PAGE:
3D Printing

Dutch RAMLAB and Autodesk showcase first 3D printed ship component

The Port of Rotterdam’s RAMLAB has revealed its first pilot component produced using their hybrid additive manufacturing technique.

Rotterdam’s Additive Manufacturing Fieldlab (RAMLAB) was set up late last year and has now produced a ship propeller. Using its Wire Arc Additive Manufacturing (WAAM) process combined with subtractive machining, the laboratory hopes to provide rapid repair for large ships at its base in the Port of Rotterdam.

The Port of Rotterdam.
The Port of Rotterdam.

Largest port in Europe

The Port of Rotterdam is the largest shipping port in Europe and through this project RAMLAB will hope to also make it the most efficient. The RAMLAB attempts to reduce waiting times in the maritime industry where parts can take weeks or months to be delivered. In theory, a vessel can have a specific part 3D printed while it is docked in the port rather than having the component shipped from elsewhere. Not only will this reduce lead times, saving both time and money, the process also mitigates the need to stockpile large numbers of components in warehouses.

The propeller created by RAMLAB. Photo via Autodesk.
The propeller created by RAMLAB. Photo via Autodesk.

3D printed propeller

The first successful component produced by RAMLAB will be showcased this week by Autodesk during the Hannover Messe conference. Autodesk is RAMLAB’s main software partner and has supported their incorporation of both additive and subtractive processes which uses 6-axis robotic arms.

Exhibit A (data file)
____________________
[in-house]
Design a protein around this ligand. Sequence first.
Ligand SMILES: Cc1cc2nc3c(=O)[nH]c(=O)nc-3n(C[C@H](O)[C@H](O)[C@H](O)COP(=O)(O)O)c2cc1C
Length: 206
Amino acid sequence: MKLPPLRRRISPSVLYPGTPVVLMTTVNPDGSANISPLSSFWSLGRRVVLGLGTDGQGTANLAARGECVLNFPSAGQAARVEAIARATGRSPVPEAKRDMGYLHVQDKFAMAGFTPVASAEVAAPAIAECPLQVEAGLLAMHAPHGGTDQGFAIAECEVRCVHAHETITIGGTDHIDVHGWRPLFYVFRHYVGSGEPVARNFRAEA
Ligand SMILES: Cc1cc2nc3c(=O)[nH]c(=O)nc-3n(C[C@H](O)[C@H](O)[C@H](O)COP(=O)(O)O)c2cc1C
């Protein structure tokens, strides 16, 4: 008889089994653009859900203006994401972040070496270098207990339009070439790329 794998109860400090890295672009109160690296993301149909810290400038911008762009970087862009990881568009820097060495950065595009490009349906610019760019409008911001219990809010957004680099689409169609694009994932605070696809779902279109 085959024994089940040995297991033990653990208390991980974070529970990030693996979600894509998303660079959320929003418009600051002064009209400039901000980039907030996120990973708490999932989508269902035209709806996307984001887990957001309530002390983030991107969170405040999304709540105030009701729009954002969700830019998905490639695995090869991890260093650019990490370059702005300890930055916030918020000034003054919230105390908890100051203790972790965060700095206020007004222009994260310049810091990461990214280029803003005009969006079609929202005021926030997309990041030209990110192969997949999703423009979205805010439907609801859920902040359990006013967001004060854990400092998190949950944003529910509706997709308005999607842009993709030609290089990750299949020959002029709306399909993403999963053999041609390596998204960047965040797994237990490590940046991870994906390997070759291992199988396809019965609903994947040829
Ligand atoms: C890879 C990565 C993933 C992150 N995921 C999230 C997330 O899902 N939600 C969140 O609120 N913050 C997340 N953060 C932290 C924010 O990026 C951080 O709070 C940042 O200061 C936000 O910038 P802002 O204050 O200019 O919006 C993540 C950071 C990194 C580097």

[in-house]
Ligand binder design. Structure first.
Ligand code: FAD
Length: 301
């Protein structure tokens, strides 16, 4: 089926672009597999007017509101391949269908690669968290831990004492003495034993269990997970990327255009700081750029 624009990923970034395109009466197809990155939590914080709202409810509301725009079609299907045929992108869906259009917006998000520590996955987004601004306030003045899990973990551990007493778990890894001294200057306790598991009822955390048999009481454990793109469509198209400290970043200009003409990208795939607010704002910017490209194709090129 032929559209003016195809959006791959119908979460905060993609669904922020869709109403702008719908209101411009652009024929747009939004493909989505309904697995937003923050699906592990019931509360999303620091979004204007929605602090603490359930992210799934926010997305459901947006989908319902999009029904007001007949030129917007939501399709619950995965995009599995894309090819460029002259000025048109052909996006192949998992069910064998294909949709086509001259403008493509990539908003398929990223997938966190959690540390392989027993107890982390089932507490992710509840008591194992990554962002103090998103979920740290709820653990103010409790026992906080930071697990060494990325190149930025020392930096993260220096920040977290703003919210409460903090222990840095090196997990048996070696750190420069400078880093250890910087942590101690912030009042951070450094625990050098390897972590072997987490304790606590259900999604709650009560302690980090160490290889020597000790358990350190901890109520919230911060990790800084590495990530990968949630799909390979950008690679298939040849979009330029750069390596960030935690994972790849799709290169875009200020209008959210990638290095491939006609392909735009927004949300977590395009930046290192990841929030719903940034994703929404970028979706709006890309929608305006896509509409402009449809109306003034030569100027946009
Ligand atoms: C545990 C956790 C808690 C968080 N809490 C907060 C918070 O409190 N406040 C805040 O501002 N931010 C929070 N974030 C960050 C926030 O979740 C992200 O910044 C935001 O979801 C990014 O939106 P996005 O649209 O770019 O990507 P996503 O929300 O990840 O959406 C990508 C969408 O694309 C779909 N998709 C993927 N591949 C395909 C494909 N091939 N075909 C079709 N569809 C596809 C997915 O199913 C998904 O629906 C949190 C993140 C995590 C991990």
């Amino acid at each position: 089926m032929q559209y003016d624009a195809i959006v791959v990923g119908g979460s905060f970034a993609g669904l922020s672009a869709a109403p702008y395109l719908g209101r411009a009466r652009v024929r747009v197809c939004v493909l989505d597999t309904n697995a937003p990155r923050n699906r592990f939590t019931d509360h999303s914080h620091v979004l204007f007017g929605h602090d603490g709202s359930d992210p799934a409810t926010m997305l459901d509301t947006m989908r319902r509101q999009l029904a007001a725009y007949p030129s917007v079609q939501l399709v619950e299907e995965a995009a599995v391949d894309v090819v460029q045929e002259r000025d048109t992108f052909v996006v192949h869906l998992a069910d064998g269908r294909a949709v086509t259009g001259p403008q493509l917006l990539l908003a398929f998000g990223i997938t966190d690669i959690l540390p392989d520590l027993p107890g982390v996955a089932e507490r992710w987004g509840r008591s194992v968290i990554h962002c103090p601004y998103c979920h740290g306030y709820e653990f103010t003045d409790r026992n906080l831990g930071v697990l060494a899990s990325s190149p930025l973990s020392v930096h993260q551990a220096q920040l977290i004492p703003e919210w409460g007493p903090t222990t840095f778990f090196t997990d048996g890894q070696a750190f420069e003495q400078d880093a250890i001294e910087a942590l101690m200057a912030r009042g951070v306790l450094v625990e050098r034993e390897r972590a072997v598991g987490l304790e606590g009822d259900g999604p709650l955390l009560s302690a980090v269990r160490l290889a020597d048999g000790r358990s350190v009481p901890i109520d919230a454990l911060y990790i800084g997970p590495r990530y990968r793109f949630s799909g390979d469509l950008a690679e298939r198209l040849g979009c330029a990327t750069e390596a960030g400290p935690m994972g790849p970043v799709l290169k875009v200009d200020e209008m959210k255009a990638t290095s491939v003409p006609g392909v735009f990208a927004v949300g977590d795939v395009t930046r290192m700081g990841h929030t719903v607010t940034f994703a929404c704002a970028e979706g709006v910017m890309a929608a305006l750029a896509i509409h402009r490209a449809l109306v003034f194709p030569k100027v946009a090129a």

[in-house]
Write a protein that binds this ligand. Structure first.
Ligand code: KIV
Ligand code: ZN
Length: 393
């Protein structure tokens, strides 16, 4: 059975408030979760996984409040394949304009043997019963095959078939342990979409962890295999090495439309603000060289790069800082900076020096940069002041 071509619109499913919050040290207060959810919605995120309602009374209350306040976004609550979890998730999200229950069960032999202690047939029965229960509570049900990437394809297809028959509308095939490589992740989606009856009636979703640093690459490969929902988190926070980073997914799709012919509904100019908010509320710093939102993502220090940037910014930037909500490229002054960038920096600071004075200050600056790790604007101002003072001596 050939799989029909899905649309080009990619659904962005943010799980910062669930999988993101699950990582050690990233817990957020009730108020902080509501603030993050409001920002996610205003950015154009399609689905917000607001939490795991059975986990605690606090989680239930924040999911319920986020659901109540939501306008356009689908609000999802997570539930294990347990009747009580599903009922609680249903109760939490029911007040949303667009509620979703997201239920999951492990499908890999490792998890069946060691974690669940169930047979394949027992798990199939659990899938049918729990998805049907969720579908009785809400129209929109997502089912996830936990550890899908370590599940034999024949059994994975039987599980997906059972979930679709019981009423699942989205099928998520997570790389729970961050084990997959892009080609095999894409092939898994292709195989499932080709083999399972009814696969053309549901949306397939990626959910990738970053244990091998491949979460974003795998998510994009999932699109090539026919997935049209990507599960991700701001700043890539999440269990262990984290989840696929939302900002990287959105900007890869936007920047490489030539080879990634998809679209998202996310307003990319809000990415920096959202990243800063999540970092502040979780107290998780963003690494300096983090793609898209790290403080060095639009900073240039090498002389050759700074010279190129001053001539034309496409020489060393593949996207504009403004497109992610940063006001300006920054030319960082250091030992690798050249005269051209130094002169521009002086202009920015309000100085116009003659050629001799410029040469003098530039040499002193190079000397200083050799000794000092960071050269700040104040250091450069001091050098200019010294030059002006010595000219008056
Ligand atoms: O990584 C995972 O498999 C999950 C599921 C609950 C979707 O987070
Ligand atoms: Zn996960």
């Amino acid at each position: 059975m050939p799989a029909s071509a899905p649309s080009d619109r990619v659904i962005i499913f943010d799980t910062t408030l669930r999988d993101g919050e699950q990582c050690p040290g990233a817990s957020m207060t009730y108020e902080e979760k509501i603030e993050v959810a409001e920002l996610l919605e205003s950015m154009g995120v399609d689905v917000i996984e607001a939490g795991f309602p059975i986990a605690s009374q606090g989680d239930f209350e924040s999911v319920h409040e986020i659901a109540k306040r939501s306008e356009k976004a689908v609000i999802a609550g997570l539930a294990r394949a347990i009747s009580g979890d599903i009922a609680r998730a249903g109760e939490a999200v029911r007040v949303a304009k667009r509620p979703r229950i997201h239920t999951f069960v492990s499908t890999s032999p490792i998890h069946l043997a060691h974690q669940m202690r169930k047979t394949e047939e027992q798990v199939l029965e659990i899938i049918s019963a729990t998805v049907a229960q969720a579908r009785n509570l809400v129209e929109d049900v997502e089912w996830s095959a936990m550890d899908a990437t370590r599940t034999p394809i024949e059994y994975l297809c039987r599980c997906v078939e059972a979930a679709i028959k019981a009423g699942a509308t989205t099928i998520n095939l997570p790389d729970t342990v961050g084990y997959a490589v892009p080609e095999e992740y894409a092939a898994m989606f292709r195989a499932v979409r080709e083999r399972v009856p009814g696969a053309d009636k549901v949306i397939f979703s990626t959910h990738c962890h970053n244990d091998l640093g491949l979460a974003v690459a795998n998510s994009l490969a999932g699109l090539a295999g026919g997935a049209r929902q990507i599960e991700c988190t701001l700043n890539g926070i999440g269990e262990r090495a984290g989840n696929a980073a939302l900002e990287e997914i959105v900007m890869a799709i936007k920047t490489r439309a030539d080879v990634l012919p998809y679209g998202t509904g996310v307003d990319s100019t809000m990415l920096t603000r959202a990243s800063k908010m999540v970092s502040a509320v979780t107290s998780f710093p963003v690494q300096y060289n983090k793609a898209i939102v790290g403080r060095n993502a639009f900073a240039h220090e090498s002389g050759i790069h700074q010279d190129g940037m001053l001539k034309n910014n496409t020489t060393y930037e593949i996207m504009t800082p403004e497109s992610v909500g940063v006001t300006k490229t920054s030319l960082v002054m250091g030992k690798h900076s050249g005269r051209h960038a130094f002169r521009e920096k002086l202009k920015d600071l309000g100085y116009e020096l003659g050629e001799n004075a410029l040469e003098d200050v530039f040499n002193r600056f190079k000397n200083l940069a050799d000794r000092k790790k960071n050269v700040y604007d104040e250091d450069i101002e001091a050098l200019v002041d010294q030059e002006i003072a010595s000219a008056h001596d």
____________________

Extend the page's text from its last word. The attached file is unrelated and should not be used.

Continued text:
The propeller on show at Autodesk's exhibit at Hannover Messe. Photo via Autodesk.
The propeller on show at Autodesk’s exhibit at Hannover Messe. Photo via Autodesk.

Propelling forward

The next steps for the project will be to produce and fit the propeller to scale in the summer of 2017. Vincent Wegener, Managing Director of the RAMLAB explains the projects goals,

Our aim is to make the Port of Rotterdam not just an important gateway for Europe, but also a leader in the development of new manufacturing methods. Autodesk is a key partner for us due to its expertise in how to design and manufacture using both the latest additive manufacturing techniques and more traditional CNC and machining methods.

 

Elsewhere in the world of metal 3D printing, Desktop Metal has finally revealed details of their first 3D printer although perhaps not at the same scale of RAMLAB’s offerings.

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Featured image shows the WAAM process. Photo via RAMLAB.